How do leucine zippers bind to DNA?
The bZIP interacts with the DNA via basic, amine residues (see basic amino acids in (provided table (sort by pH)) of certain amino acids in the “basic” domain, such as lysines and arginines. These basic residues interact in the major groove of the DNA, forming sequence-specific interactions.
What does a leucine zipper do?
The Leucine Zipper and the Basic DNA-Binding Domain (bZIP) The leucine zipper facilitates the dimerization of the protein by interdigitation of two leucine-containing helices on different molecules and these residues form the buried subunit interface of the coiled-coil dimer.
What holds a leucine zipper together?
Being hydrophobic, the leucines cause two adjacent alpha helices to be “zippered” together by hydrophobic interactions. On the end of each alpha helix is the DNA binding region which contains basic amino acids that form ionic bonds with the acidic DNA.
What is basic leucine zipper transcription factor?
The basic leucine zipper (bZIP) transcription factors are sequence-specific DNA-binding proteins that regulate transcription. They are characterized by a 60-80 amino acid bZIP domain: a basic DNA binding domain followed by a leucine zipper dimerization domain.
Where do leucine zippers bind?
Leucine zipper transcription factors contain leucine residues at every seventh position in the C-terminal end of the DNA-binding domains (DBDs). These proteins often function as dimers using two extended α-helices to bind DNA at two different major groves.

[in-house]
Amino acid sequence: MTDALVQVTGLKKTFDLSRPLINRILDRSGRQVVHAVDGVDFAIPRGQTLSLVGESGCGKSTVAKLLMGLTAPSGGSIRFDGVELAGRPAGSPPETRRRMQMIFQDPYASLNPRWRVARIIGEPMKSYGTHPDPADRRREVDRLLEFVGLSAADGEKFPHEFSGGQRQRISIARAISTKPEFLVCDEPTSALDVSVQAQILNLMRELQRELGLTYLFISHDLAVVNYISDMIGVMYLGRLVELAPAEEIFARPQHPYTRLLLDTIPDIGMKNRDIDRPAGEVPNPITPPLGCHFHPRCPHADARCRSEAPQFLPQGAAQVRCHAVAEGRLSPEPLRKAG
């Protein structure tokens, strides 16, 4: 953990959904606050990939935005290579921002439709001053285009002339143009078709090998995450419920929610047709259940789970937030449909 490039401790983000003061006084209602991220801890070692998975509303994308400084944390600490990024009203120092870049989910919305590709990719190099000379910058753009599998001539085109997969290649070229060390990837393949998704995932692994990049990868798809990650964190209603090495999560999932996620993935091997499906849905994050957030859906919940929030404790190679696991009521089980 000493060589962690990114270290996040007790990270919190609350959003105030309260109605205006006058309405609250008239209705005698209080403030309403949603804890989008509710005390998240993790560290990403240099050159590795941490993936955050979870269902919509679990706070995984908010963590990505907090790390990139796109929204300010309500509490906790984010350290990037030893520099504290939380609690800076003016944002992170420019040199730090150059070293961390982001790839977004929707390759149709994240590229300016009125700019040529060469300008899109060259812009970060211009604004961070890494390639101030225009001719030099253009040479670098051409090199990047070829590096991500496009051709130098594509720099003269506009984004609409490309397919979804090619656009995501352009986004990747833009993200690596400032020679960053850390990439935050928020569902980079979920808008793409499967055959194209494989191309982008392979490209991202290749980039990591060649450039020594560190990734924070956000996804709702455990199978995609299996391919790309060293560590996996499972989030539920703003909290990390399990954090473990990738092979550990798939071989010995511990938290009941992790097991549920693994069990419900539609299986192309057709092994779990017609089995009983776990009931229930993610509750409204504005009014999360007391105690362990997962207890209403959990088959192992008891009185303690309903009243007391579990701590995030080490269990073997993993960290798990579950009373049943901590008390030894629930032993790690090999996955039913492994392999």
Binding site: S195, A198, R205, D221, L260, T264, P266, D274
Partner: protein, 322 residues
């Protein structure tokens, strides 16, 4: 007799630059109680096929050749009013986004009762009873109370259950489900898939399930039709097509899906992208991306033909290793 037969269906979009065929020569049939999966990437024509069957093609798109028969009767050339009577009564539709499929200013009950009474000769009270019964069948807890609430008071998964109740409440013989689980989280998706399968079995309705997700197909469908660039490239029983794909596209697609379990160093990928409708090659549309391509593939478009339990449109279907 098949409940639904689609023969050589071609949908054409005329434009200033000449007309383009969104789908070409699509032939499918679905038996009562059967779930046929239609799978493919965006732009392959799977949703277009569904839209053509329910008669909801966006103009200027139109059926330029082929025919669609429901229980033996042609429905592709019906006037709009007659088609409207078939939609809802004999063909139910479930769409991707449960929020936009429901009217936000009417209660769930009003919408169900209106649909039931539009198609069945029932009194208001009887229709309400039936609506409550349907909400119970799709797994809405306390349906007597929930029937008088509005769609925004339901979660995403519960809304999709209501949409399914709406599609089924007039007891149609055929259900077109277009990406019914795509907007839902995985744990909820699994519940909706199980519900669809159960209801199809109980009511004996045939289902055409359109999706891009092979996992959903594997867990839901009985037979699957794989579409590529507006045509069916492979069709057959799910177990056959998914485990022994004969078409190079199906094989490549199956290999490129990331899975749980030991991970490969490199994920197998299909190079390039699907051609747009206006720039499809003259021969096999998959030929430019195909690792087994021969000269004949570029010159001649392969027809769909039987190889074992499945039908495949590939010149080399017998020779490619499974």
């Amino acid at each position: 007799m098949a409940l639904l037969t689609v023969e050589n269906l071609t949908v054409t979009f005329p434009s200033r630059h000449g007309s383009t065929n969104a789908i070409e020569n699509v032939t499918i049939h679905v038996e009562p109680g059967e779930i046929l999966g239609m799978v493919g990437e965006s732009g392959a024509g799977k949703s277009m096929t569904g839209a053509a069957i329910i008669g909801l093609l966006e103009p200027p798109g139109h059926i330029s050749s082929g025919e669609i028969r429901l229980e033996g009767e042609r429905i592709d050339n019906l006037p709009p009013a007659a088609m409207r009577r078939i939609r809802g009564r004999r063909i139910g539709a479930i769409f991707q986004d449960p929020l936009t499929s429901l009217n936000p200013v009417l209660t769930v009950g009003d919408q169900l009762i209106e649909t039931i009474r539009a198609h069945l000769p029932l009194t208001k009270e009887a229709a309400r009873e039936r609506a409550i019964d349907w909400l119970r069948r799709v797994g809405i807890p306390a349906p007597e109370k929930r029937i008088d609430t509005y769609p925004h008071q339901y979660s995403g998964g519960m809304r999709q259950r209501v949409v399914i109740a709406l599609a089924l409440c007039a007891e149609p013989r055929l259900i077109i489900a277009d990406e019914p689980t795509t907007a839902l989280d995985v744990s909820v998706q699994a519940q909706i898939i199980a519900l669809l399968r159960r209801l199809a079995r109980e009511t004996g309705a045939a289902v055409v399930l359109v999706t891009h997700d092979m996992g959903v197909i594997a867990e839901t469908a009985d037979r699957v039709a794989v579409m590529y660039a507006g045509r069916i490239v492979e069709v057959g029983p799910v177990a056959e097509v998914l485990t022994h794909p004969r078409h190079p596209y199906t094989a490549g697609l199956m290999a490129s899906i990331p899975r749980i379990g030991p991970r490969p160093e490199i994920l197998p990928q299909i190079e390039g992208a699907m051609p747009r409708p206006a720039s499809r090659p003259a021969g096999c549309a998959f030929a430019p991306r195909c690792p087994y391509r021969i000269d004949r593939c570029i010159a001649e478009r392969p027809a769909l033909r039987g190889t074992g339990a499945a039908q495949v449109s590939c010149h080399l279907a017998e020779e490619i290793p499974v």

Where does leucine occur in protein structure?
The functional-structural role of leucine was established by showing that it occurs most frequently among residues surrounding the heme in five of the heme proteins.
What molecule is attached to leucine?
Leucine is a branched-chain amino acid that consists of glycine in which one of the hydrogens attached to the alpha-carbon is substituted by an isobutyl group.
What do DNA binding proteins do?
DNA- and RNA-binding proteins (DRBPs) constitute a significant fraction of cellular proteins and have important roles in cells. Their functions include control of transcription and translation, DNA repair, splicing, apoptosis and mediating stress responses.
How does leucine contribute to protein structure?
Role in structure: Being hydrophobic, Leucine prefers to be buried in protein hydrophobic cores. It also shows a preference for being within alpha helices more so than in beta strands.
What is leucine protein?
Leucine is one of the 3 essential branched chain amino acids (BCAAs). These amino acids can be used by skeletal muscle to give energy during exercise. Eating foods that have complete protein gives enough of these amino acids. This includes foods such as meat, poultry, fish, eggs, and milk.